The Net didn’t grow over the dead bodies of phone and cable companies, but over their live ones. Those companies are just lucky that the Net used their pipes. But they have also been very smart about protecting their old businesses while turning their new one—Internet access—into something they can bill in the manner of their old businesses. Hence ‘plans’ for monthly chunks of mobile data for which the first cost is approximately zero. (Operating costs are real. Ones and zeros are way different, and in many—perhaps most—cases have no real first costs.)
In the U.S., cable and phone companies are also lobbying hard at the federal, state and local levels to push through laws that prevent citizens from using local governments and other entities (e.g. local nonprofits and utilities) to offer what carriers can’t or won’t: fully capable Internet service. These laws are sold to legislators as ways to keep government from competing with business, but in fact only protect incumbent monopolies.
What the carriers actually want—badly—is to move television to the Net, and to define the Net in TV terms: as a place you go to buy content, as you do today with cable. For this they’ll run two-sided markets: on the supply side doing deals with “content providers” such as Hollywood and big publishers, and on the demand side by intermediating the sale of that content.
This by far is the most serious threat to sharing information on the Net, because it undermines and sidelines the Net’s heterogeneous and distributed system for supporting everybody and everything, and biases the whole thing to favor a few vertically-integrated ‘content’ industries.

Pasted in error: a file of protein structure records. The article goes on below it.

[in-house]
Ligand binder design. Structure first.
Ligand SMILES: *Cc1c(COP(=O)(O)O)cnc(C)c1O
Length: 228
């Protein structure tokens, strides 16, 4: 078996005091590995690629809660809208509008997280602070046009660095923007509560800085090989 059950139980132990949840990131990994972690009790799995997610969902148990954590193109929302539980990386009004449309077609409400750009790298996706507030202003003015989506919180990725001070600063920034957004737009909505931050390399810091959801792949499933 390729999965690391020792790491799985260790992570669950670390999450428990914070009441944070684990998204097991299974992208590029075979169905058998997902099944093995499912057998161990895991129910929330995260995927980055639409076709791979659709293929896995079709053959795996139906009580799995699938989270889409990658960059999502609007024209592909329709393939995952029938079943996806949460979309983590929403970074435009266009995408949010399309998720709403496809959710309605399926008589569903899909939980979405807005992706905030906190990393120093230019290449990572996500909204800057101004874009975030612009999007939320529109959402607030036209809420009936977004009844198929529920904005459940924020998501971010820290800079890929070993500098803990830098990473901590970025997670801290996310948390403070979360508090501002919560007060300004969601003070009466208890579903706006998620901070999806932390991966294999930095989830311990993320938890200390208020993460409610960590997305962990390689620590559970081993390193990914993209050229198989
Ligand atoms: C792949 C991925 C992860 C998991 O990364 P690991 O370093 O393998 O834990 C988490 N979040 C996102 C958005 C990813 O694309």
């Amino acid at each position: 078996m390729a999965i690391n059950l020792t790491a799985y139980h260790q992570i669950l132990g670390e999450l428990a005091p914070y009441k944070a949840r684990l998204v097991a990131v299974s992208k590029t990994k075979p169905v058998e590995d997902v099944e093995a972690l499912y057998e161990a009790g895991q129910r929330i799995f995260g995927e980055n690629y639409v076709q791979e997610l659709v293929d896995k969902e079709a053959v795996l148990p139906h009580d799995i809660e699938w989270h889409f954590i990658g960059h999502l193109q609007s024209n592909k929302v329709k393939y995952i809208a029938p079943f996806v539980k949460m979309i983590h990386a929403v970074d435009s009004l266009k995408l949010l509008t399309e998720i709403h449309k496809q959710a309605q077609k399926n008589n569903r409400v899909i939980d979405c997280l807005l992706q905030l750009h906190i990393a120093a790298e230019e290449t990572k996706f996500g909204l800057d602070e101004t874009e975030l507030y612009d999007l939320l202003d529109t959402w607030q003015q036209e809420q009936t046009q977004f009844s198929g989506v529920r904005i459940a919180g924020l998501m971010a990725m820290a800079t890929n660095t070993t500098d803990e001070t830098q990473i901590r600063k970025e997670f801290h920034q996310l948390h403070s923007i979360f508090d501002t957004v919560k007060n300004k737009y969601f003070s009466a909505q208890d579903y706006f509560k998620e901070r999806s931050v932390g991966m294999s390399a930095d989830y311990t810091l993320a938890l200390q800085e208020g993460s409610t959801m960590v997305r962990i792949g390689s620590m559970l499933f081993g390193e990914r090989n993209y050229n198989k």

The good news is that there are a few exceptions to the rule of cable/telephony duopoly, such as Chattanooga, Kansas City, and Wilson, NC, which are attracting businesses and citizens old and new to the shores of the real Internet: the one with virtually unlimited speeds in all directions, and few if any restrictions on what anybody can do with the bandwidth. There we will see the Internet’s tide lift all boats, and not just those of telephony and television.
The end state we will reach is what Bob Frankston calls ‘ambient connectivity.’ We might have to wait until after 2025, but we will get it.”
Elsewhere in the same report, Bob said,
“Today’s online ‘access’ is hobbled by a funding model based on an owner taking a vig and denying us the ability to communicate unless we pay a carrier. We must get rid of the concept of telecommunications and understand that the Internet is a fundamentally different paradigm. See more on my opinion at http://rmf.vc/IEEERefactoringCE.”
What’s especially important about Bob’s work is that he refuses to frame the Internet in terms of the container shipping business that remains the prevailing paradigmatic frame we use today, but instead thinks and works outward from individual agency.
Simply put, we need to think outside the pipes if we can begin to see the Net as anything more than next-gen telephony and television.
- David P. Reed on structural separation — one way to reify the ur-paradigm that Reed himself and others used to embody the Net that seems to have been taken over by the phone and cable companies, and their vertically-integrated “content” sources.
- Jonathan Zittrain‘s The Future of the Internet — and how to stop it.
- Susan Crawford‘s Captive Audience: The Telecom Industry and Monopoly Power in the New Gilded Age